Through the Looking Glass Children's Book Reviews

Speaking out: The Civil Rights Movement 1950-1964

Speaking out: The Civil Rights Movement 1950-1964

Kevin Supples
Nonfiction  Series
For ages 10 and up
National Geographic, 2006   ISBN: 978-0792282792

America in the 1950's was a prosperous place, a place of opportunity. At least it was if you were from the right racial background. If you were African American however, things were very different. This was especially the case in the South where segregation of the races was maintained by cruel Jim Crow Laws. Because of these laws African Americans and whites ate, worked, learned, traveled, played, and lived separately. Though there were no official Jim Crow laws in the North, segregation still existed there. African Americans had to content themselves with having inferior jobs, and schools, and they had to accept that they could not have all the freedoms and rights that whites took for granted.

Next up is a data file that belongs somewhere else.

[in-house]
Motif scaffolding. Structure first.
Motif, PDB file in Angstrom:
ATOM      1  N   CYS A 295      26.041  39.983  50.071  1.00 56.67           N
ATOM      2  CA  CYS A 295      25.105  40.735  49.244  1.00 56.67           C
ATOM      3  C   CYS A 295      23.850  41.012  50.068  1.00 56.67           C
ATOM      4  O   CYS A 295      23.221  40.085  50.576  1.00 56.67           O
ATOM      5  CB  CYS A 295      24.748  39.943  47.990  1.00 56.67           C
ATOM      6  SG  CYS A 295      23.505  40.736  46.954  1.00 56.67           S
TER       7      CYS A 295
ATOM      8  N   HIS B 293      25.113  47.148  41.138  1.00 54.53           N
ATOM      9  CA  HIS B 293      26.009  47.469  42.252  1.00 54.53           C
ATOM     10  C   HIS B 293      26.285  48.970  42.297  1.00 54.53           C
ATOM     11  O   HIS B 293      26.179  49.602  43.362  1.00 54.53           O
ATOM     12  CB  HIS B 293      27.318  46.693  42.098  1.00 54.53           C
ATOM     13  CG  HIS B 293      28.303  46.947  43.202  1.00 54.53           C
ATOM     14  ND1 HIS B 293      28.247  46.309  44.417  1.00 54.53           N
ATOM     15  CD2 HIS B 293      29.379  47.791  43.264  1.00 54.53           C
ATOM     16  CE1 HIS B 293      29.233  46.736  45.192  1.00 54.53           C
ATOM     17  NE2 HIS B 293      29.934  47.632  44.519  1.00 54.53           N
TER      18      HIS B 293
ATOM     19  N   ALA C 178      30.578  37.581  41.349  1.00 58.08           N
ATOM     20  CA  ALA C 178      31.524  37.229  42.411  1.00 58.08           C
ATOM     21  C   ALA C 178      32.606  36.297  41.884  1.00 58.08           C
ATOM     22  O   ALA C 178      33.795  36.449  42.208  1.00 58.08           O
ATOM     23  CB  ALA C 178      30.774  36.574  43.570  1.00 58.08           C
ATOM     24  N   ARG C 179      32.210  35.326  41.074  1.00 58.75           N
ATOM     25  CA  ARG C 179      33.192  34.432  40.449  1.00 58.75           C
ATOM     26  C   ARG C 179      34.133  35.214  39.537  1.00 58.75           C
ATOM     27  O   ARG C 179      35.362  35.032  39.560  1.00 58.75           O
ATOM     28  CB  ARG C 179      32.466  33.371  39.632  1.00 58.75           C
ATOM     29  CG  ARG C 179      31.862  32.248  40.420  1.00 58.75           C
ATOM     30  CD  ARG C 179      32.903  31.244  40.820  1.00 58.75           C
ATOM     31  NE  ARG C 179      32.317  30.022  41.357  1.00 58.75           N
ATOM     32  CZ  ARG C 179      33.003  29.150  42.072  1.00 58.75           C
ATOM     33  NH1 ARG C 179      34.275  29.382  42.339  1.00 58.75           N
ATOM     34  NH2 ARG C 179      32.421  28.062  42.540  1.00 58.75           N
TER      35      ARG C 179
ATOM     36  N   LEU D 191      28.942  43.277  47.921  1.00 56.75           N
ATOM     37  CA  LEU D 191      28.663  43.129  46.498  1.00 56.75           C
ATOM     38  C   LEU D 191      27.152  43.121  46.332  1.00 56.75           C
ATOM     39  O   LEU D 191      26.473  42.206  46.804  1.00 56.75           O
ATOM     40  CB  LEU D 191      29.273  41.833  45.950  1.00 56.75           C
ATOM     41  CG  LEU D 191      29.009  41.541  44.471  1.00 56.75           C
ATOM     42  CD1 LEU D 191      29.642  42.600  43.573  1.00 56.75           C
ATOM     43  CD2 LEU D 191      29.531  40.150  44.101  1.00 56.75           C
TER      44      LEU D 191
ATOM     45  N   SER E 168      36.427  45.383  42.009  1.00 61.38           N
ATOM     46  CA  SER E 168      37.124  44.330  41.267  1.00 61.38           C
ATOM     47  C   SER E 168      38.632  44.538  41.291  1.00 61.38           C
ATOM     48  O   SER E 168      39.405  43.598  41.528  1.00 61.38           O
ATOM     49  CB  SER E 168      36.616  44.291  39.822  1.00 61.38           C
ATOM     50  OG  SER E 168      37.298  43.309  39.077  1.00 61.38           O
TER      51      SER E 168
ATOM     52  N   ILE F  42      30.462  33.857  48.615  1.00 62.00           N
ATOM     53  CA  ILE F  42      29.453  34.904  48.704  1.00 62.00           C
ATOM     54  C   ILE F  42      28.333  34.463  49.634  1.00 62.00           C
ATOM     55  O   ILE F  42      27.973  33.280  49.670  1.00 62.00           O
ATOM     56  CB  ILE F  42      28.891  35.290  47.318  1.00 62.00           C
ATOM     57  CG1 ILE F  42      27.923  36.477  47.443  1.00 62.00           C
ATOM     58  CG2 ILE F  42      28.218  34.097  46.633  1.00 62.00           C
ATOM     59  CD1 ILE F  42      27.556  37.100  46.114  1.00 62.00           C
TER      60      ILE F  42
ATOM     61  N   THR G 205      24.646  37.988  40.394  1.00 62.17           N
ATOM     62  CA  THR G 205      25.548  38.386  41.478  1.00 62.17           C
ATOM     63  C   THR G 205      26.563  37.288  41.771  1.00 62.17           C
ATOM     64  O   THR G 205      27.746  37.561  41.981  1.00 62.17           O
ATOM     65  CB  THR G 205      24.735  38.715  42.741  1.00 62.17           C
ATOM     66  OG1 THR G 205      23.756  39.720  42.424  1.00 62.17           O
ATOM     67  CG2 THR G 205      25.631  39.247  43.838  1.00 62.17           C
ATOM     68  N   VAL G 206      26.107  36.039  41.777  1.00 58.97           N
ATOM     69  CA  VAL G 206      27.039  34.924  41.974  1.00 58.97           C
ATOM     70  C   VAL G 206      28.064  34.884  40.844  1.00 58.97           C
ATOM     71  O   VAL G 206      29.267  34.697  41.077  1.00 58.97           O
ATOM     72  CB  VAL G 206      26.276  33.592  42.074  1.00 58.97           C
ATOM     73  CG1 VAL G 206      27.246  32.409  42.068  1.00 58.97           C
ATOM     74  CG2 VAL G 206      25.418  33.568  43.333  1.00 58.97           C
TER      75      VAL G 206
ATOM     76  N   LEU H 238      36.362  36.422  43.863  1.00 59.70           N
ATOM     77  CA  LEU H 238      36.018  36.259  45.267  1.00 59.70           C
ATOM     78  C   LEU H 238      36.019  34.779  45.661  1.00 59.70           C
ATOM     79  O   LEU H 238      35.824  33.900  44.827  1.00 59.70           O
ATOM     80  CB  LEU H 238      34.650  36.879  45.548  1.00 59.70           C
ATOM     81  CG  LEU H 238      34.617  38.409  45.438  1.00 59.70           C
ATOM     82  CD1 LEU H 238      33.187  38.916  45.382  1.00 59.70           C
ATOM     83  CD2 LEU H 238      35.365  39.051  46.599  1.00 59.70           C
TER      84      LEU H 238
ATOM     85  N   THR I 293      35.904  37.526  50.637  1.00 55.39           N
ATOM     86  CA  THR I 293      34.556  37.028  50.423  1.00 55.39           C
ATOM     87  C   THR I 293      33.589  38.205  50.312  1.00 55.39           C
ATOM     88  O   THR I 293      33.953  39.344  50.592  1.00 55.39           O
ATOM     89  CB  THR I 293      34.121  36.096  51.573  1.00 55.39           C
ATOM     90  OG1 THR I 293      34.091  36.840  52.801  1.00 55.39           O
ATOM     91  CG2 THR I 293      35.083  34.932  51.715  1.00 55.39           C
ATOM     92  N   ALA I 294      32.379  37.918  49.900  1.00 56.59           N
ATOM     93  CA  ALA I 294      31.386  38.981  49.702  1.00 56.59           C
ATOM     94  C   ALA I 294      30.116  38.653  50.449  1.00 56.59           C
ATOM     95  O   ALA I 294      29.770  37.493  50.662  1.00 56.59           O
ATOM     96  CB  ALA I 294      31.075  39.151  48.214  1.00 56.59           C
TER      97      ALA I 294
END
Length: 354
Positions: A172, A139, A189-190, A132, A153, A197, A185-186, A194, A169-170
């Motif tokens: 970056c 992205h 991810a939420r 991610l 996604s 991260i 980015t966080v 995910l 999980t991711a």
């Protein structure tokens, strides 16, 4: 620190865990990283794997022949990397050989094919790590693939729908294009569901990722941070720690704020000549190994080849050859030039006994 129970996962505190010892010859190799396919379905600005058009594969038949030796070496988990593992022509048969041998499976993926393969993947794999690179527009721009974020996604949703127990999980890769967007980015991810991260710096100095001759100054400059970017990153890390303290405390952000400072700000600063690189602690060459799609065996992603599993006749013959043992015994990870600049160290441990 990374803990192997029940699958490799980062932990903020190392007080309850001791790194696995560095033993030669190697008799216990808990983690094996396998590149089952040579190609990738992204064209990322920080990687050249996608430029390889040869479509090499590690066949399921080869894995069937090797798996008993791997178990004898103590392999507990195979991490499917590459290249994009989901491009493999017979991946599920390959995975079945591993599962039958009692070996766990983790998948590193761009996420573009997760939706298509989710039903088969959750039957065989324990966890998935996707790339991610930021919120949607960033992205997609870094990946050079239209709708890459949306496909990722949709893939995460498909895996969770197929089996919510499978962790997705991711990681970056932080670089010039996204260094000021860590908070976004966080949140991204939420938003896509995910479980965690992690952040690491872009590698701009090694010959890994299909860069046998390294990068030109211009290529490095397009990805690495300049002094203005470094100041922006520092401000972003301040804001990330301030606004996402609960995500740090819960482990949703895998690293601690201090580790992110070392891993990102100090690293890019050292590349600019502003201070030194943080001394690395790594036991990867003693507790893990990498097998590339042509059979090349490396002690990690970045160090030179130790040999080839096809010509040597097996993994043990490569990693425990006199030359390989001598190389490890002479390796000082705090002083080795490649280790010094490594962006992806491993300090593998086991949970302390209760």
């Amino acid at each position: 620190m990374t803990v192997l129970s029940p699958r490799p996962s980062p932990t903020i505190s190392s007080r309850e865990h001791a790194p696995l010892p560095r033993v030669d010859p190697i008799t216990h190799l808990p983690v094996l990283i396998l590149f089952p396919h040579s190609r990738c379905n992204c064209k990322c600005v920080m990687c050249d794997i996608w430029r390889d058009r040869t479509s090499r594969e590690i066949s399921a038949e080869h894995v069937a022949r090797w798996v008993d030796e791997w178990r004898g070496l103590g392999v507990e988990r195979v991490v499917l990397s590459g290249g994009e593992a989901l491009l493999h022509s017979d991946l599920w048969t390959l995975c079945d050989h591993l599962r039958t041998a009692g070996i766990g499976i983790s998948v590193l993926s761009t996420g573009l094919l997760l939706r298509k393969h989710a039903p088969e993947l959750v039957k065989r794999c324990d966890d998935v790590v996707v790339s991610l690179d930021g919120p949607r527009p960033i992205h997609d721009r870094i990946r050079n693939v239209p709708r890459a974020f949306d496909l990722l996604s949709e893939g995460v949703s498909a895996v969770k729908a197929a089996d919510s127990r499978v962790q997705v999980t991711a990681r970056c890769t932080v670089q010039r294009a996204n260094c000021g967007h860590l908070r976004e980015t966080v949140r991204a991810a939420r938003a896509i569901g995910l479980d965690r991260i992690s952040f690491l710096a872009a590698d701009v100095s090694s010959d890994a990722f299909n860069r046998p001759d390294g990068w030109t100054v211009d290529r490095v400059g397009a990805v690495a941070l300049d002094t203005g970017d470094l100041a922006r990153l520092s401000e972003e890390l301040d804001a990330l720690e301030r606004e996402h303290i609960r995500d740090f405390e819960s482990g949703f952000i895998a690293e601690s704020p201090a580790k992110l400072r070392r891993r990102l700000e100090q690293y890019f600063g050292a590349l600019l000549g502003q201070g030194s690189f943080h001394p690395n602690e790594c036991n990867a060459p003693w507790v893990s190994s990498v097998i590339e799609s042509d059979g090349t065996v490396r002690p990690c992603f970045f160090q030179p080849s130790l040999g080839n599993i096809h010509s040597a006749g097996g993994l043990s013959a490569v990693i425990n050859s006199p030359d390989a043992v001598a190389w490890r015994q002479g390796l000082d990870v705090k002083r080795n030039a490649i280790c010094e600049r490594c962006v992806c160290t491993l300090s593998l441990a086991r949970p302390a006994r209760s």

There came a time however when some members of the African American community decided that they had had enough. What came to be called the Civil Rights Movement had its beginnings in the early 1900?s when people such as W.E.B. Du Bois and Mary McLeod Bethune tried to find ways to win equal rights for African Americans. Then WWII arrived and young African American men went off to war to fight for the rights and liberties that they were not allowed to have at home. When they got back things, at least in their hearts and minds, had changed and they were ready to fight the system.

Readers of this excellent account will learn all about the principal people and organizations which fought to give African Americans the same rights that their white neighbors had. The NAACP, Thurgood Marshall, Martin Luther King Jr., Rosa Parks, and Malcom X all fought to bring about this change. Full of quotes, annotated photographs, and with a powerful and thought-provoking text, this is a book which every child should have the opportunity to read.

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